Female Genital Mutilation, Gender Equality, Rights
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FGM Fight turns legal in Egypt

In 2012, Unite to End Violence against Women campaign declared the 25th of every month Orange Day. For two years, individuals, organizations, activists, men, women and girls have been raising their voices to say no to violence.

Women and girls experience violence in war and conflict settings, in their homes and at the hands of strangers. Sexual assault, female genital mutilation, early marriage and forced prostitution are some of the atrocities that girls and women face on a daily basis.

Will the violence stop?

Is there justice for women and girls?

Justice may become a reality for some girls in Egypt. In a tragic, landmark case, Raslan Fadl, a medical practioner, is scheduled to be tried for the death of thirteen year old Sohair al-Bata’a. The death was reportedly the result of an allergic reaction to penicillin. However, the primary procedure she had undergone was female genital mutilation.The existence of the trial is as encouraging as Sohair’s case is heartbreaking.

This is the first time a doctor will be prosecuted for carrying out female genital mutilation in Egypt.

Female genital mutilation, or FGM, is still widely practiced, despite international condemnation. Typically carried out before puberty, sometimes on infant girls, it involves cutting women’s sexual organs (usually with a razor or knife). Female genital excision refers specifically to the removal of the clitoris and labia minora. The practice is not done out of cruelty or as punishment, but is linked to deeply entrenched cultural beliefs which hold that removing the sexual organs purifies an individual and discourages adultery by preventing pleasure from sexual activity. The practice has both psychological and long-term effects on women’s health.

Despite the practice being banned by the government and publicized as harmful, culture has yet to catch up with the law. As in many places, in rural Egypt, the traditions are stronger in the more neglected, less educated areas (such as in villages like Sohair’s) where female genital excision is still commonly accepted and practiced. A family member of Soheir’s was quoted in the LA Times as saying, “She didn’t want it. But she understood she did not have anything to say about it.”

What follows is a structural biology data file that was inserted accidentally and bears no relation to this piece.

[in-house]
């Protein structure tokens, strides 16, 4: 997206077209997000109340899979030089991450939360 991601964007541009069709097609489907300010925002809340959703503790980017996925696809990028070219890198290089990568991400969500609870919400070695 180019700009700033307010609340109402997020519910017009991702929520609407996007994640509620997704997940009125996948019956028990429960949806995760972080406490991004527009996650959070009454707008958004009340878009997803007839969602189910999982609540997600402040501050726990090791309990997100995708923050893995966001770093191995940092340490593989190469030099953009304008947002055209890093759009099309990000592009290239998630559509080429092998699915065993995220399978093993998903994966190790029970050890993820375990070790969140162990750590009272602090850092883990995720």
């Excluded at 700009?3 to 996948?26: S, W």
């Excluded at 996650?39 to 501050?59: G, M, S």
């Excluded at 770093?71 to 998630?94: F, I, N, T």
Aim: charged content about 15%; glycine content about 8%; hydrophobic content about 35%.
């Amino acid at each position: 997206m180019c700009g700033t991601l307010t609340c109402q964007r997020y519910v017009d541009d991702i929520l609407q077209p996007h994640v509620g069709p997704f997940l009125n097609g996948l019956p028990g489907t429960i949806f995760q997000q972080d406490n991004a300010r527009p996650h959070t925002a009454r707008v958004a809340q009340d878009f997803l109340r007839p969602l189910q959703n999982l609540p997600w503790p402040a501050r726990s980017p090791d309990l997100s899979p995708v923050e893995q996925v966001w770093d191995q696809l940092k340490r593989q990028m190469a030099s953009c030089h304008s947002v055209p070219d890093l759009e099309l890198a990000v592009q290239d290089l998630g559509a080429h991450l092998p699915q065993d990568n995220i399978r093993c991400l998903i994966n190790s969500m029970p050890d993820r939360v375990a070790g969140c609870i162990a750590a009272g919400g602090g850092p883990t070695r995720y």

Bata’a’s father has not spoken to press, but it has been reported that her older sister also underwent the procedure and that societal pressure to continue the practice is not expected to abate. Fadl himself has said to press that he is confident he will be cleared, as he was carrying out the procedure at the girl’s parents request.

Though the trial is encouraging, and legislation has stated it is attemping to use Fadl as an example of a lack of tolerance for the practice, activists believe there is much work to be done within the communities themselves. Speaking to The Guardian, a representative for the activist group Equality Now emphasized that the real problem is not with the individual doctors or family members, but with the beliefs of gender inequality that still hold sway in many rural communities.

What can you do on #OrangeDay?

 

Cover Photo Credit: Nasser Nouri, Flickr Creative Commons

 

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